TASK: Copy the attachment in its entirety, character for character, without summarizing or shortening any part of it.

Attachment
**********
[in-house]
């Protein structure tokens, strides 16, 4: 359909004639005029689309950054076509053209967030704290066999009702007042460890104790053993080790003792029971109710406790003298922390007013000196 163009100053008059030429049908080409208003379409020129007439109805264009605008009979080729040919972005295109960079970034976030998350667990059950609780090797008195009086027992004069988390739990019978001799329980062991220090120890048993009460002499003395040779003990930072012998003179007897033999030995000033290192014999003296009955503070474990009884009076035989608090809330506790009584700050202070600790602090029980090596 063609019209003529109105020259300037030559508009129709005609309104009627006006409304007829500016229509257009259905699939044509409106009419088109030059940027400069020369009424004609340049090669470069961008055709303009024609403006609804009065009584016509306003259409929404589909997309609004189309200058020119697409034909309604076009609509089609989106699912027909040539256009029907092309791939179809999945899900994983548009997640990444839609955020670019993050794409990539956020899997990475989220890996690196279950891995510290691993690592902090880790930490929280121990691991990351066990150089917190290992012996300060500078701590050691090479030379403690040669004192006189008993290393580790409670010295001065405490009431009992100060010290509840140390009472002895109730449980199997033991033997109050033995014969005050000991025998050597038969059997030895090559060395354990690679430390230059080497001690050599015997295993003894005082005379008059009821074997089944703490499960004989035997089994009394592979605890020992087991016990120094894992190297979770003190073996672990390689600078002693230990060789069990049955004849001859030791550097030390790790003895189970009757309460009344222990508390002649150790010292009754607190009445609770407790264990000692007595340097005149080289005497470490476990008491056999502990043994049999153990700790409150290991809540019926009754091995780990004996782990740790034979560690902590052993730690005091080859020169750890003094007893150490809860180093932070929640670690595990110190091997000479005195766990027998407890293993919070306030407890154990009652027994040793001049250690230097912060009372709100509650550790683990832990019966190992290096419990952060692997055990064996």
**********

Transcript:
[in-house]
């Protein structure tokens, strides 16, 4: 359909004639005029689309950054076509053209967030704290066999009702007042460890104790053993080790003792029971109710406790003298922390007013000196 163009100053008059030429049908080409208003379409020129007439109805264009605008009979080729040919972005295109960079970034976030998350667990059950609780090797008195009086027992004069988390739990019978001799329980062991220090120890048993009460002499003395040779003990930072012998003179007897033999030995000033290192014999003296009955503070474990009884009076035989608090809330506790009584700050202070600790602090029980090596 063609019209003529109105020259300037030559508009129709005609309104009627006006409304007829500016229509257009259905699939044509409106009419088109030059940027400069020369009424004609340049090669470069961008055709303009024609403006609804009065009584016509306003259409929404589909997309609004189309200058020119697409034909309604076009609509089609989106699912027909040539256009029907092309791939179809999945899900994983548009997640990444839609955020670019993050794409990539956020899997990475989220890996690196279950891995510290691993690592902090880790930490929280121990691991990351066990150089917190290992012996300060500078701590050691090479030379403690040669004192006189008993290393580790409670010295001065405490009431009992100060010290509840140390009472002895109730449980199997033991033997109050033995014969005050000991025998050597038969059997030895090559060395354990690679430390230059080497001690050599015997295993003894005082005379008059009821074997089944703490499960004989035997089994009394592979605890020992087991016990120094894992190297979770003190073996672990390689600078002693230990060789069990049955004849001859030791550097030390790790003895189970009757309460009344222990508390002649150790010292009754607190009445609770407790264990000692007595340097005149080289005497470490476990008491056999502990043994049999153990700790409150290991809540019926009754091995780990004996782990740790034979560690902590052993730690005091080859020169750890003094007893150490809860180093932070929640670690595990110190091997000479005195766990027998407890293993919070306030407890154990009652027994040793001049250690230097912060009372709100509650550790683990832990019966190992290096419990952060692997055990064996």